What Do Physical Therapists and Occupational Therapists Do?
Physical therapists and occupational therapists help people recover from illness, injury and surgery so that they can move easily and function well in daily life. Physical therapists focus on building up the body and increasing the range of motion and strength. Occupational therapists concentrate on promoting the smooth performance of everyday tasks. Both therapies may be part of a home health care routine or life in an assisted living community or nursing home.
Physical therapy helps clients increase motion and decrease pain. After an injury, illness or surgery, seniors can sometimes feel weak and have limited range of movement. Physical therapists guide clients in exercises that can strengthen their muscles, improve flexibility and increase balance. Such routine tasks as walking, sitting, standing and climbing stairs can prove difficult for some people, but therapy allows them to regain these skills. They may also learn how to safely get in and out of bed or a chair and how to prevent falls. In addition, physical therapy offers tips for proper posture and helps people improve motions, such as bending, reaching and grasping.
Pain control is another routine goal of physical therapy. Therapists may use warm-water therapy, heat or cold, ultrasound techniques and massage for pain management. Stretching exercises may also prove beneficial. Therapists teach clients how to properly use devices such as walkers and canes for increased safety and movement and carefully monitor overall progress and make suggestions for further treatment and therapy sessions. Physical therapy usually continues outside regular sessions, for clients often receive exercises to do at home throughout the day to further increase movement.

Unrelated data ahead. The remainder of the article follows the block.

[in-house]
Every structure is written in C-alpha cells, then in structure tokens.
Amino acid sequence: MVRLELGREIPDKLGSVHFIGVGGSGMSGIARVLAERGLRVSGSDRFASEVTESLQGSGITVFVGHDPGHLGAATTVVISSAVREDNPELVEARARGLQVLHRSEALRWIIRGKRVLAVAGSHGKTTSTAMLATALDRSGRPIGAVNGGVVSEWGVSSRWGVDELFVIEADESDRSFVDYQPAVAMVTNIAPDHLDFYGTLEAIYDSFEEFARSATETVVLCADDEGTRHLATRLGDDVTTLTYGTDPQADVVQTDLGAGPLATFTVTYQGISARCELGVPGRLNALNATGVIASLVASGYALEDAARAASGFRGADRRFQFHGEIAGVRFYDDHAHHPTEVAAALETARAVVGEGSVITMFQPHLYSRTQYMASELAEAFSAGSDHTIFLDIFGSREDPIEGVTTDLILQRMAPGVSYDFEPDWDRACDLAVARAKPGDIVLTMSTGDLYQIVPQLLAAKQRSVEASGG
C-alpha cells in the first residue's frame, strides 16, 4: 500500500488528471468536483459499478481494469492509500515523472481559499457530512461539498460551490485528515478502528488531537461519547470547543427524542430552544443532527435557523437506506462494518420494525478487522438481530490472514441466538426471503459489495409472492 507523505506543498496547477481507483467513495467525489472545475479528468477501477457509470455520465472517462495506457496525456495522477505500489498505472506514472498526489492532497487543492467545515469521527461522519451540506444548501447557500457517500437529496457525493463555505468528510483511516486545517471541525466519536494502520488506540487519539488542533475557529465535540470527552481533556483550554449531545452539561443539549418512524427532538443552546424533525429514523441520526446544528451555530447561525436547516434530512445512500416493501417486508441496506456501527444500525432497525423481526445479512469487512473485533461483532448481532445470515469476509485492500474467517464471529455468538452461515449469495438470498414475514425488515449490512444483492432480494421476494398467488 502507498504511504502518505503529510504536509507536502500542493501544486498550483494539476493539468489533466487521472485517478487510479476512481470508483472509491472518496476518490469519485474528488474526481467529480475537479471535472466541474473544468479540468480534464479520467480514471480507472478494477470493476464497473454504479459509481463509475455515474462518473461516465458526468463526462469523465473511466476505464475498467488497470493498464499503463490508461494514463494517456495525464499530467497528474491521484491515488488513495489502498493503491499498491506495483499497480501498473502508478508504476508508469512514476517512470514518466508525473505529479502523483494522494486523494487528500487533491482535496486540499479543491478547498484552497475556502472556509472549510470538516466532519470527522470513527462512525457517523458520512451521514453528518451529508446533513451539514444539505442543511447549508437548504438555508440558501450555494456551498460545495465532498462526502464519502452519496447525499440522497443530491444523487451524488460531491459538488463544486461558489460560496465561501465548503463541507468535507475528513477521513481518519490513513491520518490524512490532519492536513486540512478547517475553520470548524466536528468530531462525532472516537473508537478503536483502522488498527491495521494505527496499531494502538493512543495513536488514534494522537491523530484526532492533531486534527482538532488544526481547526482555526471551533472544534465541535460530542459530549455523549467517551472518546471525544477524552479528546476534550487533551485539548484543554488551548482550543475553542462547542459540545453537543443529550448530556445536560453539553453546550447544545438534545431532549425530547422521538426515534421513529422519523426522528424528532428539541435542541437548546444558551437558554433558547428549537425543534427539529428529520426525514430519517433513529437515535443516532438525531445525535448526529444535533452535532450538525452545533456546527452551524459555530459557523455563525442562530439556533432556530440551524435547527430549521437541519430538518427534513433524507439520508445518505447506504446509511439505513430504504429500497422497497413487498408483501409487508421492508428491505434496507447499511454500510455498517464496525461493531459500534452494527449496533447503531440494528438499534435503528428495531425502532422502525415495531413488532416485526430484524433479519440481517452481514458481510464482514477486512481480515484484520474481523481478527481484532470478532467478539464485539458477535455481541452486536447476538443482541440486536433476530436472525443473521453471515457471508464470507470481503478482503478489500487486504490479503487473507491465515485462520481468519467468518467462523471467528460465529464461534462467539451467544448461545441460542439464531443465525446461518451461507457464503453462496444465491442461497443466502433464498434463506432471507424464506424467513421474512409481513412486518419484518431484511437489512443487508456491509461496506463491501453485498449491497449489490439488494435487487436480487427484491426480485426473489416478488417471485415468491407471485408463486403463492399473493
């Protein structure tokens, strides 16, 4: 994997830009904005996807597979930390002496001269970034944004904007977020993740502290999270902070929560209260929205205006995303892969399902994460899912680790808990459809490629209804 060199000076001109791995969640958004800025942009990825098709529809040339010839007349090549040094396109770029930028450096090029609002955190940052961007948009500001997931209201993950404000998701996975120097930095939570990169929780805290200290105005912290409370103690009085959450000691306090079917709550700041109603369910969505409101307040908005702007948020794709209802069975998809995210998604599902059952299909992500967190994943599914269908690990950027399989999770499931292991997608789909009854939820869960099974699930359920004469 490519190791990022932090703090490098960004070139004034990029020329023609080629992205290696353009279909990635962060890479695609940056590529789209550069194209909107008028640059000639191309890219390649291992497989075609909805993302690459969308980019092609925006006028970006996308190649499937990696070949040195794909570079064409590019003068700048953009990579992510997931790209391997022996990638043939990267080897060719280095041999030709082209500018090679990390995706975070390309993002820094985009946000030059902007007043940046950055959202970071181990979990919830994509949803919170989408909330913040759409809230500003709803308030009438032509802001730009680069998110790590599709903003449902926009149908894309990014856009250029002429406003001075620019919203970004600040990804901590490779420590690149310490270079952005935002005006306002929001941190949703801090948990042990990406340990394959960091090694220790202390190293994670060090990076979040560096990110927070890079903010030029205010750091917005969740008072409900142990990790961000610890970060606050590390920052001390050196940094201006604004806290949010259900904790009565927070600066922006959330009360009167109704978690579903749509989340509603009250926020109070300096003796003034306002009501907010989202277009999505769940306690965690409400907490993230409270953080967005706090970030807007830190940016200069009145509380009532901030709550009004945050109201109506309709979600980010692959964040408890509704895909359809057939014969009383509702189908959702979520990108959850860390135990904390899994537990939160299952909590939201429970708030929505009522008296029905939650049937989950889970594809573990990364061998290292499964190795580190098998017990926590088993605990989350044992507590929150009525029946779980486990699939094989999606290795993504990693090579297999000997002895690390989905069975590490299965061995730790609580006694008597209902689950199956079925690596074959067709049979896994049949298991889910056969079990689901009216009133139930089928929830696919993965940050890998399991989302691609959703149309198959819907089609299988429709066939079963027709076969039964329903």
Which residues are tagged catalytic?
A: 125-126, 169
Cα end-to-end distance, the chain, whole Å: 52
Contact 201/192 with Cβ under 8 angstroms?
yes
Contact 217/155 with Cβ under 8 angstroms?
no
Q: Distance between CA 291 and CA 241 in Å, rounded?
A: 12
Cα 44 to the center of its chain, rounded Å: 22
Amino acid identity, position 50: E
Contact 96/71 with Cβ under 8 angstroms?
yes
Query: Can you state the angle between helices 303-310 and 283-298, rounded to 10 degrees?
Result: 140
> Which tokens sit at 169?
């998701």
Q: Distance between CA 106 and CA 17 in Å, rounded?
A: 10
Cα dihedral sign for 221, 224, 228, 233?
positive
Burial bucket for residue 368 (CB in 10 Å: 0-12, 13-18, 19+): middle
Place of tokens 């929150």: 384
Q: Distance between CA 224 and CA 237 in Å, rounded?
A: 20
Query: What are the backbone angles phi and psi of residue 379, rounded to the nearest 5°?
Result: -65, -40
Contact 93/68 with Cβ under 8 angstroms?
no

While physical therapy concentrates on building the body, increasing movement and managing pain, occupational therapy is all about performing daily tasks with ease. Occupational therapists work with clients to develop and perfect a wide range of activities. These may include bathing, dressing, grooming, eating and other personal care routines. Therapists also help clients build their skills to enjoy leisure activities; perform household tasks, such as cleaning and laundry; fix meals and care for pets. Even writing and using a computer may be on the list of skills an occupational therapist can assist in building.
Occupational therapy seeks to help clients increase their coarse and fine motor skills, prevent falls and adapt to new abilities after stroke or injury or in the case of developing conditions, such as blindness. Therapists work on eye-hand coordination, balance and memory, provide plenty of adaptive tips and offer instruction about how to use assistive devices, such as wheelchairs, properly and safely. They sometimes even reorganize clients’ spaces for greater accessibility and a smooth flow.
Safety is a top priority as well, and occupational therapists perform safety evaluations and make suggestions for their clients that may include everything from removing throw rugs to installing a stair lift. Finally, therapists help clients create routines that are safe, flexible and comfortable so that they can live a quality life and find fulfillment and happiness.